Islington uses a lot of epic fantasy tropes at first. The story starts with one of those mysterious prologues that’s intended to show you that the real stakes in this upcoming story are far larger than you can tell at first. Some writers have used this extremely well. Others… not so much. This one kind of falls in the middle. I found it mildly interesting, but it could have been left out completely and wouldn’t have changed much of anything (or used as a flashback for the character involved, which would make sense since he gets numerous flashbacks later).
Following that, the story begins with the typical young male protagonist who’s kind of a failure at his pursuits, living a somewhat menial existence. And yet, of course, he’s destined for greatness. I’m not mocking this trope – it’s one I use myself to some degree. Just pointing out how I immediately notice these things now.
From there, the story escalates rapidly into all kinds of subplots that somehow tie in to the greater plot, leading to an eventual climactic battle, but also setting up tons and tons of stuff for the next book or two.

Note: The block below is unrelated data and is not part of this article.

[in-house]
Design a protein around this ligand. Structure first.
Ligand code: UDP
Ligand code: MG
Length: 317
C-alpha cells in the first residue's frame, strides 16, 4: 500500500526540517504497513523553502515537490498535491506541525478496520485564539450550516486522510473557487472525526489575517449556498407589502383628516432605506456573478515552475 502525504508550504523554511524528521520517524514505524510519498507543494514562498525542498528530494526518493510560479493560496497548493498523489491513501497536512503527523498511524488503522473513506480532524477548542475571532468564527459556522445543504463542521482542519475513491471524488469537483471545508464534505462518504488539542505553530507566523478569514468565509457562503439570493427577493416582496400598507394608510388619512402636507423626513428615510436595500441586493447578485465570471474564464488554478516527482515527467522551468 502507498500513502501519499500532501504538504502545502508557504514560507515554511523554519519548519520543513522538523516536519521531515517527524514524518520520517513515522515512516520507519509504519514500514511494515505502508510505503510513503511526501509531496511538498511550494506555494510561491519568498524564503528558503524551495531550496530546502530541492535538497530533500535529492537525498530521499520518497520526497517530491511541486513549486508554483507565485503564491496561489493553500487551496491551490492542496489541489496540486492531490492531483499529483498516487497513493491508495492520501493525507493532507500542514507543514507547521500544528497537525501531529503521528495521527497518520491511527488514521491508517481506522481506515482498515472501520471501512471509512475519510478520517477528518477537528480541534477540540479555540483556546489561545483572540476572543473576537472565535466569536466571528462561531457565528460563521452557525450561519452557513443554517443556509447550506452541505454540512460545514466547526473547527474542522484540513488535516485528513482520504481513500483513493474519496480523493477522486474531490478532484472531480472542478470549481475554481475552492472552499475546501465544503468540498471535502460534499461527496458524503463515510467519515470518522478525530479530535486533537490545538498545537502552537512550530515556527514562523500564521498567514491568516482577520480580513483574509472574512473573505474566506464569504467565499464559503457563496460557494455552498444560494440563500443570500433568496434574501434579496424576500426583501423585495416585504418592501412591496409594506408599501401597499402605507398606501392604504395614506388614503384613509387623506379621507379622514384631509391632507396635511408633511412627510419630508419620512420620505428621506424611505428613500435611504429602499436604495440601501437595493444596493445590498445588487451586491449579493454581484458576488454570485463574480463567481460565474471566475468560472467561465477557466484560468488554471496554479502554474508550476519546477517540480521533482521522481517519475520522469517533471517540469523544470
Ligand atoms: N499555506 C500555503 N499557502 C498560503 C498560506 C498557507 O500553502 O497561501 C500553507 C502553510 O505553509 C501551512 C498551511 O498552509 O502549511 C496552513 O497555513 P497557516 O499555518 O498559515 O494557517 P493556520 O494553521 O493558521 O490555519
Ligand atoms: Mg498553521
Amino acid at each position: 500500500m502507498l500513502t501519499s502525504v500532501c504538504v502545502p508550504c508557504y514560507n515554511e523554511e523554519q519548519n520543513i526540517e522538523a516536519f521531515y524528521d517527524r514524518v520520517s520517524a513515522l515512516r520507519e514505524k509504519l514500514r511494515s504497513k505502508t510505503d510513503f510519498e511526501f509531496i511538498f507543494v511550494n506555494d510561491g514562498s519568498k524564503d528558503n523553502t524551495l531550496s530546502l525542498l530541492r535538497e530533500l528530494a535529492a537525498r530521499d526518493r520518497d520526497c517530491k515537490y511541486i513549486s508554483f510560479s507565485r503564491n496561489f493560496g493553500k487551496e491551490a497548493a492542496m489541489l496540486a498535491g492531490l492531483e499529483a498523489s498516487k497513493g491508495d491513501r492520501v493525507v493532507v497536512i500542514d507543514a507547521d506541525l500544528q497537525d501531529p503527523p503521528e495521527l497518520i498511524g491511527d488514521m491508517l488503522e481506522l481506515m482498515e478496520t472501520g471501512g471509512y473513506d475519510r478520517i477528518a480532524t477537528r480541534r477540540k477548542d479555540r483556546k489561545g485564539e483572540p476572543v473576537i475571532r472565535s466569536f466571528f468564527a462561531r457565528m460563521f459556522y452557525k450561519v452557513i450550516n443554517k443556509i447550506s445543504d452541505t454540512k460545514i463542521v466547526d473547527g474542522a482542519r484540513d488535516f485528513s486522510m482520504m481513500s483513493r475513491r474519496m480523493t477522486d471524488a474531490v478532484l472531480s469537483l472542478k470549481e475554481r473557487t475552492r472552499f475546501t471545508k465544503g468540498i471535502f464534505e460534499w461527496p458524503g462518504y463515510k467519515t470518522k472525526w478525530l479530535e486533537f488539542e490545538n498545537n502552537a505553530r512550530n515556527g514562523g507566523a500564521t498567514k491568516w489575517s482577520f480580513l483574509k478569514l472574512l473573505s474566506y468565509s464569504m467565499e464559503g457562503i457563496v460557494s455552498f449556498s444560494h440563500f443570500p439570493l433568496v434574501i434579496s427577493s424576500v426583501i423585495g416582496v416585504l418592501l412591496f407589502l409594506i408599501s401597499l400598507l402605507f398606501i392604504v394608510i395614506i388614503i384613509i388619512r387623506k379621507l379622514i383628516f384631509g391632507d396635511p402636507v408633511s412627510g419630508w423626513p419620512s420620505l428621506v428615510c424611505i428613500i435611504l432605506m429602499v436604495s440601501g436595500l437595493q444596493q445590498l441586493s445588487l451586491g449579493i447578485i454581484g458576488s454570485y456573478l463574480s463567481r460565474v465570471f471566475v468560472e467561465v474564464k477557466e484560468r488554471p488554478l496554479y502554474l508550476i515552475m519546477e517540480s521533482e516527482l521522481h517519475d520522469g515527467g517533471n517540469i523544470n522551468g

And while I generally enjoyed the book greatly, I couldn’t help noticing that maybe, just maybe Islington went a little overboard. Maybe too much backstory revealing too much ancient history of the world. Maybe too many characters all tied into that backstory somehow. Maybe too many seemingly average characters that are actually (Surprise!) super-good at magic, or fighting, or intrigue, or also just happen to be hidden royalty or somesuch. There’s a lot going on with every single character and sometimes… it just feels like too much.
Islington switches the POV character many times, but somehow manages to keep that number fairly limited. Even so, I found myself somewhat annoyed at some of the POV shifts. Also, the closer I got to the end, the more I wondered if it would end on a cliffhanger. Still in the “all is lost” part of the climax and there aren’t too many pages left… how can this get resolved? (Spoiler: it did. Sort of.)
Yet… I still enjoyed it. It’s not my favorite, but I’m definitely going to read the next book. And isn’t that the main goal of a writer?
The second book is In the Region of the Summer Stars, by Stephen R. Lawhead. I had this on preorder, because… well… because I’ve been a fan of Lawhead’s writing since the 1980s. I adore the Pendragon Cycle, and think Byzantium is one of the greatest stand-alone novels on my shelves. His Song of Albion trilogy is, quite possibly, my second favorite fantasy of all time (after Lord of the Rings, of course). So I’m quite biased here.